I´d really like to try out that world famous "moss in a coconut" trick with my A. abacaxis
 

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gerald

Well-Known Member
5 Year Member
I dont think peat can lower conductivity. The principal behind CEC (cation exchange) is that it absorbs hardness ions (+2) by exchanging them for other ions (+1). It may even increase conductivity as it lowers hardness, since two Na+ ions have more conductivity than one Ca+2 ion.
 

ButtNekkid

Active Member
I dont think peat can lower conductivity. The principal behind CEC (cation exchange) is that it absorbs hardness ions (+2) by exchanging them for other ions (+1). It may even increase conductivity as it lowers hardness, since two Na+ ions have more conductivity than one Ca+2 ion.
Hi,

My peat bucket lowers my tap water conductivity from 120 µS to 70-80 µS.
I´m a bit confused now. What happens when you put that moss in to a coconut as it lowers the ph in there?
 

dw1305

Well-Known Member
5 Year Member
Hi all,
That Krib link was really good
I still refer to it, back then Ted and Mike were already giving out good advice.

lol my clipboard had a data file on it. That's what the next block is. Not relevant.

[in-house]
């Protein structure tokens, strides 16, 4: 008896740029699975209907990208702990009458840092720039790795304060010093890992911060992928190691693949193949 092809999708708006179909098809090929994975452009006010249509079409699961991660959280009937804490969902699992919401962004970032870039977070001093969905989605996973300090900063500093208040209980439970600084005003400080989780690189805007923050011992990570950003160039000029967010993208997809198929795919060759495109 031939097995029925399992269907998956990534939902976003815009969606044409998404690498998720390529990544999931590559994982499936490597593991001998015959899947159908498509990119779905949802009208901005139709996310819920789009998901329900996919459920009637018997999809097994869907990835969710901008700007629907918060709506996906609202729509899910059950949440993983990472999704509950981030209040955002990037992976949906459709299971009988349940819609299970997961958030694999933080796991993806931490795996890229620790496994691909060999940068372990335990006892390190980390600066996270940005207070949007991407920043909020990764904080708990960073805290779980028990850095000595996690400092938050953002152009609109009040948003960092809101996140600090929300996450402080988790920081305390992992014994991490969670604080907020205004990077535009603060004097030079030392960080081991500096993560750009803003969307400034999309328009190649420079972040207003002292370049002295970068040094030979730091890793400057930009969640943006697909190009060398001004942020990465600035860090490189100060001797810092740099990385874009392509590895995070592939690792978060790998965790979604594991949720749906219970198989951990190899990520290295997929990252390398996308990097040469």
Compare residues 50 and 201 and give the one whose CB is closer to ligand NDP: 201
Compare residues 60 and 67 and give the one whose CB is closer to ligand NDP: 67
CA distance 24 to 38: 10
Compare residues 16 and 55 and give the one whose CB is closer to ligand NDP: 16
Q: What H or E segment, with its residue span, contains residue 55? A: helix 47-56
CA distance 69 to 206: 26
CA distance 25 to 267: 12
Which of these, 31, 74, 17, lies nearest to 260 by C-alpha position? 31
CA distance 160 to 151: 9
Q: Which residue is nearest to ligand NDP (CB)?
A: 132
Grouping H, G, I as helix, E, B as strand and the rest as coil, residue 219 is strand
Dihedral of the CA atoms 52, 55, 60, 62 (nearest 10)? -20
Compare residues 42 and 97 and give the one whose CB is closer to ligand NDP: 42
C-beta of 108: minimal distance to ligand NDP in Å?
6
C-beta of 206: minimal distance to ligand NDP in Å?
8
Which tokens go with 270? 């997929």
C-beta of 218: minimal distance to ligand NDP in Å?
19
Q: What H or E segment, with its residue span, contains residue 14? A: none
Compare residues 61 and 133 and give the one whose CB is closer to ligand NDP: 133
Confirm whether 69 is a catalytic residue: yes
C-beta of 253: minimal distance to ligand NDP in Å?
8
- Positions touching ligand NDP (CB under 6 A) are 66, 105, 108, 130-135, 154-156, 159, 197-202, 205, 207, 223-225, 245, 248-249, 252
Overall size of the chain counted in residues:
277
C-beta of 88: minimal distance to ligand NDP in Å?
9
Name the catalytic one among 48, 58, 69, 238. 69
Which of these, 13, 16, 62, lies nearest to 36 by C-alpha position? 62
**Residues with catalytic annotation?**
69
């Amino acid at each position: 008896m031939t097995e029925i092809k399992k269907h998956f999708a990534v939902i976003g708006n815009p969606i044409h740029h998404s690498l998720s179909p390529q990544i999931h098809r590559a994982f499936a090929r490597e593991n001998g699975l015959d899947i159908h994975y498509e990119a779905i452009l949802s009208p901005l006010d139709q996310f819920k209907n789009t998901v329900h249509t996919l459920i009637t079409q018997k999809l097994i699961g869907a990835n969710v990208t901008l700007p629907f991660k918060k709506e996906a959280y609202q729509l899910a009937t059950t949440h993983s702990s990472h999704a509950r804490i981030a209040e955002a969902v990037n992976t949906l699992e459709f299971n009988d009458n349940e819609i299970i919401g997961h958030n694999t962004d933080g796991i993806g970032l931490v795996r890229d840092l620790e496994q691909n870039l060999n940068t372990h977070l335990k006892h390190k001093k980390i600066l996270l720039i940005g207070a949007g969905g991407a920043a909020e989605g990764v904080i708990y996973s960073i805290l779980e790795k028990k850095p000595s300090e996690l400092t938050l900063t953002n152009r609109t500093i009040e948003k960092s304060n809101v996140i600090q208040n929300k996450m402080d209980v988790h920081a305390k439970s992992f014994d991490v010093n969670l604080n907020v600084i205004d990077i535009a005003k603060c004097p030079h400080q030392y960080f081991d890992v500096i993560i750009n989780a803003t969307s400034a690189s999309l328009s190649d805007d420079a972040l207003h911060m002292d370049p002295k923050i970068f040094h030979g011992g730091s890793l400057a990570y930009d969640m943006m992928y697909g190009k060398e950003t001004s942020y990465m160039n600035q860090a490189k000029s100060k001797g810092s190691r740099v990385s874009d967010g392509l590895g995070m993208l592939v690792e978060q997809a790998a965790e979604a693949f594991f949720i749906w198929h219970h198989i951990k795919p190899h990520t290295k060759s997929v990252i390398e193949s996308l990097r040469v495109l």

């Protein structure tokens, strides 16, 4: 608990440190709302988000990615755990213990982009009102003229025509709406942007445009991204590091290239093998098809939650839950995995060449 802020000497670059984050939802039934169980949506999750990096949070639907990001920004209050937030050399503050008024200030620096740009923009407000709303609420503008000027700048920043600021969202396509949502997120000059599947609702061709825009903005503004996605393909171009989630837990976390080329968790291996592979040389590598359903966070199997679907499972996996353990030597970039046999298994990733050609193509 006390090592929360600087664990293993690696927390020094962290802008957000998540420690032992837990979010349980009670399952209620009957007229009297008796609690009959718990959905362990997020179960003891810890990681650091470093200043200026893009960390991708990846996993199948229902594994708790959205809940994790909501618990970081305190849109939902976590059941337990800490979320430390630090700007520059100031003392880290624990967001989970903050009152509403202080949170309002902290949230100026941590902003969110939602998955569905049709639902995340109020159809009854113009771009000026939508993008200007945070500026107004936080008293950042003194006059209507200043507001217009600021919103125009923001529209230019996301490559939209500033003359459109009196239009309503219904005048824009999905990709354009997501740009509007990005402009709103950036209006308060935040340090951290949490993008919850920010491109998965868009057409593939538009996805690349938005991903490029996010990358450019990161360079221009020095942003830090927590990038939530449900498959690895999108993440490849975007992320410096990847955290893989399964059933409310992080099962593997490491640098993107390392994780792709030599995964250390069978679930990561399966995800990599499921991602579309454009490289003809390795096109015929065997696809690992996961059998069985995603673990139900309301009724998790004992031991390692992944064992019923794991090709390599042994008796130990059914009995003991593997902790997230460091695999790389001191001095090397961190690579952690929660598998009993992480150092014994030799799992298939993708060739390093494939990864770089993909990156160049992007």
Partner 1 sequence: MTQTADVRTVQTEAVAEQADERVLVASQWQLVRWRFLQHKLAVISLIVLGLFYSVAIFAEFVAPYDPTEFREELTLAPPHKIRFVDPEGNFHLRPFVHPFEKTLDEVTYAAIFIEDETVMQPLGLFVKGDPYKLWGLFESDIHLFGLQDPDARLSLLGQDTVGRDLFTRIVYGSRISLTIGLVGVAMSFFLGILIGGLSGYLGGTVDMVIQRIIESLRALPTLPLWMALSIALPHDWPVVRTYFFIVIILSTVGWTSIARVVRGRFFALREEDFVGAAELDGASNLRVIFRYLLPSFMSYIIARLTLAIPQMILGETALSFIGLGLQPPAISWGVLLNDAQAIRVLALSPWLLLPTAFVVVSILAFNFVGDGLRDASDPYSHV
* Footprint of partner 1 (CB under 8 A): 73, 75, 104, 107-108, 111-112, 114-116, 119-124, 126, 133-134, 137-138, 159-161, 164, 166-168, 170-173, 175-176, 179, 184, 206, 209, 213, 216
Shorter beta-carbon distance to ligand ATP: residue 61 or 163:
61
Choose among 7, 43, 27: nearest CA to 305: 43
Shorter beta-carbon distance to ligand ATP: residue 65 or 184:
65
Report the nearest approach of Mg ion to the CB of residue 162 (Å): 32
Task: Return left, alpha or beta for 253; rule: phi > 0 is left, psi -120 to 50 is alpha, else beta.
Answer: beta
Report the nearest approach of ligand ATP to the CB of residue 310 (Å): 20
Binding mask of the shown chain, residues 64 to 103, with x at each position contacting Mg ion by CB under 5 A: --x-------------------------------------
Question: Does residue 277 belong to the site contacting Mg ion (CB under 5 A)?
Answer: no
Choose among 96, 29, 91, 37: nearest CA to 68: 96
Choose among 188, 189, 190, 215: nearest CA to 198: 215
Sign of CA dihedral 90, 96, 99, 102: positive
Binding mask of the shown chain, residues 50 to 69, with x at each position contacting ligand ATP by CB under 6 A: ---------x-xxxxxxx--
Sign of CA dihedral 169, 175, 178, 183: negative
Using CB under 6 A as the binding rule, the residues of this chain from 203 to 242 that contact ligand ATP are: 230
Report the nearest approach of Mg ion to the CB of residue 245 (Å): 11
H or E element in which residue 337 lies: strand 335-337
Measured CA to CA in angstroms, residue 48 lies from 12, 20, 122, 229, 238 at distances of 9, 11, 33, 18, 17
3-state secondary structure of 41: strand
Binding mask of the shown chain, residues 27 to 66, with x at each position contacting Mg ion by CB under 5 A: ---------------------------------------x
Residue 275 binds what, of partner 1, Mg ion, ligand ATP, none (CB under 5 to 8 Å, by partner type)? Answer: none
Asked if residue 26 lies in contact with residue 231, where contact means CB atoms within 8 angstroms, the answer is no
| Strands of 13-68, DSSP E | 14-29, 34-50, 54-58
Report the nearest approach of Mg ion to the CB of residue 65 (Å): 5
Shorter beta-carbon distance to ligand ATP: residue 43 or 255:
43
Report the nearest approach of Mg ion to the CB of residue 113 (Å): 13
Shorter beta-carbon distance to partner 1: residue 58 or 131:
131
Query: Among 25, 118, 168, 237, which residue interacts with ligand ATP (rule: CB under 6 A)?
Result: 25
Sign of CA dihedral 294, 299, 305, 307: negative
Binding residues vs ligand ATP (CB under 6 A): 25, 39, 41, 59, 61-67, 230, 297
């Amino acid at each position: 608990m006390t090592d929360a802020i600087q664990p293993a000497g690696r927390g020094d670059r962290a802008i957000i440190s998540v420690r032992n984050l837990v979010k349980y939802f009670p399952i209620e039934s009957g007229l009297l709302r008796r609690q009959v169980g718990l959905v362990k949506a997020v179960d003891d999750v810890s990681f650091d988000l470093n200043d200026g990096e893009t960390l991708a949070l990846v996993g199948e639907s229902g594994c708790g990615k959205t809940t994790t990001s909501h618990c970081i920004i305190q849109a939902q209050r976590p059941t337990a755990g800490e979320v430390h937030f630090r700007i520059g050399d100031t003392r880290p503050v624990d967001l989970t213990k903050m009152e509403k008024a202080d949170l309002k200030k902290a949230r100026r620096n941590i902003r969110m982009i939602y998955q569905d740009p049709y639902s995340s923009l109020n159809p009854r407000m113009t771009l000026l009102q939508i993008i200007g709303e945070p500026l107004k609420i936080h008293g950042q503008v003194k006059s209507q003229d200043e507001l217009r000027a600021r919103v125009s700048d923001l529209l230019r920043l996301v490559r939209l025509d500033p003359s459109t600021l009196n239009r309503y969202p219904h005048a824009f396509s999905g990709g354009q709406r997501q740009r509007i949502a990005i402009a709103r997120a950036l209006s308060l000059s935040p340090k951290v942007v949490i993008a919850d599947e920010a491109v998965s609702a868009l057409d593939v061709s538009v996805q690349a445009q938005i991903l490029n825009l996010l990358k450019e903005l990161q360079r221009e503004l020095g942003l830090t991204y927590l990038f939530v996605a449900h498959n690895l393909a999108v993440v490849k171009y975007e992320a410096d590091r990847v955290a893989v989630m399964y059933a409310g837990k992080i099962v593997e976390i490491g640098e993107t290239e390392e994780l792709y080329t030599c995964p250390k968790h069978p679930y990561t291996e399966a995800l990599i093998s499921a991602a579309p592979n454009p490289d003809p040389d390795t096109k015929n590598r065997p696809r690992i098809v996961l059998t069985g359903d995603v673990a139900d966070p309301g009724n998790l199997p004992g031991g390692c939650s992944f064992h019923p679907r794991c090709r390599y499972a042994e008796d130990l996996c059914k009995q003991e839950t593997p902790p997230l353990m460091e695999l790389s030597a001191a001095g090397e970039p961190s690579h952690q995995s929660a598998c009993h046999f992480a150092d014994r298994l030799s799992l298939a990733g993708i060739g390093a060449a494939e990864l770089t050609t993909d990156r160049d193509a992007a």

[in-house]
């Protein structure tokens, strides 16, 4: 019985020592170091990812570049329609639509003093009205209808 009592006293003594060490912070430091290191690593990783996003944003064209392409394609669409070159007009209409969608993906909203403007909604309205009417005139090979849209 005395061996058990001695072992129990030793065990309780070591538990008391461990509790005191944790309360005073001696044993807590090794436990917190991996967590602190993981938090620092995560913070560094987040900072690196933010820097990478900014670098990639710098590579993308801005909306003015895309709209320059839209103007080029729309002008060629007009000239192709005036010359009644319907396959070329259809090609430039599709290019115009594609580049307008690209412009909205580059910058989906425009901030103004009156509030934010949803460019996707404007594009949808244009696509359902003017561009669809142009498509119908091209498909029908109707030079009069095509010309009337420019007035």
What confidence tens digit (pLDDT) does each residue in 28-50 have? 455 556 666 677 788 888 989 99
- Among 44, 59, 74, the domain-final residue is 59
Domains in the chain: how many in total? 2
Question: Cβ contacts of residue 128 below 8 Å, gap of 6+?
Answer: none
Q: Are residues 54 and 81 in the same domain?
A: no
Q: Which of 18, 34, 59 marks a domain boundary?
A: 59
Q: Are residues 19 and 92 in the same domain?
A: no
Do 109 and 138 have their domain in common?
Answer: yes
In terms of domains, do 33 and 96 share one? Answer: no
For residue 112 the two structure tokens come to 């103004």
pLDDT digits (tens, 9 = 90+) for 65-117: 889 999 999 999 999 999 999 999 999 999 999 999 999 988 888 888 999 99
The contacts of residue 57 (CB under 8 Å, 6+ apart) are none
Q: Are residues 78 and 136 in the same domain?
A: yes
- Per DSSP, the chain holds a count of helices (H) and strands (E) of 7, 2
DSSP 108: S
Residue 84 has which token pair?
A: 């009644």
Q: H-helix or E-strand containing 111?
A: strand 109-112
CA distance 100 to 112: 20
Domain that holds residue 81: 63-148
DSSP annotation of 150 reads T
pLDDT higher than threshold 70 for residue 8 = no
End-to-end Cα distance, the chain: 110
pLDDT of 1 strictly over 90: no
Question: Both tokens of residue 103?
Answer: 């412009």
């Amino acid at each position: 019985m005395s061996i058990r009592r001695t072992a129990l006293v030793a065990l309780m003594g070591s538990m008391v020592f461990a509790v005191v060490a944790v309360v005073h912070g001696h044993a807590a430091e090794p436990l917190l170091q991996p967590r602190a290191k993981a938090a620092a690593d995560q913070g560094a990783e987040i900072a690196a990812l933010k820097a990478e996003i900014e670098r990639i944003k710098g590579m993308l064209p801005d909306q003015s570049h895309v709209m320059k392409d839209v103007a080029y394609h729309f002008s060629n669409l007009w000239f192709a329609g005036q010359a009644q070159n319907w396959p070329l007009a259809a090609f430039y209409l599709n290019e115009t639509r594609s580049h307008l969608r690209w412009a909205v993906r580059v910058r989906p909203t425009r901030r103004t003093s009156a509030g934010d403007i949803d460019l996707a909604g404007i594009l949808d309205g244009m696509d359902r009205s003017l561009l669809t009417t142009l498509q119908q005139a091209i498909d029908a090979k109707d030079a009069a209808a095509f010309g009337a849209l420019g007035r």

I dont think peat can lower conductivity. The principal behind CEC (cation exchange) is that it absorbs hardness ions (+2) by exchanging them for other ions (+1). It may even increase conductivity as it lowers hardness, since two Na+ ions have more conductivity than one Ca+2 ion.
This is where you need @regani. I think you are right for ion exchange, but other processes cause the lowering of conductivity.
My peat bucket lowers my tap water conductivity from 120 µS to 70-80 µS.
I´m a bit confused now. What happens when you put that moss in to a coconut as it lowers the ph in there?
I think the answer is that, as well as ion exchange, you get chelation with sphagnum peat, and the bound ions no longer contribute to the conductivity. There is a discussion of this in <"700 liter Amazone"> .
Now, any ideas why my sphagnum moss didn´t make a dent in my tap water. After 24 hours the conductivity was the same, 120µS. Could the CEC be "exhausted" from the moss? Should the water have some sort of movement?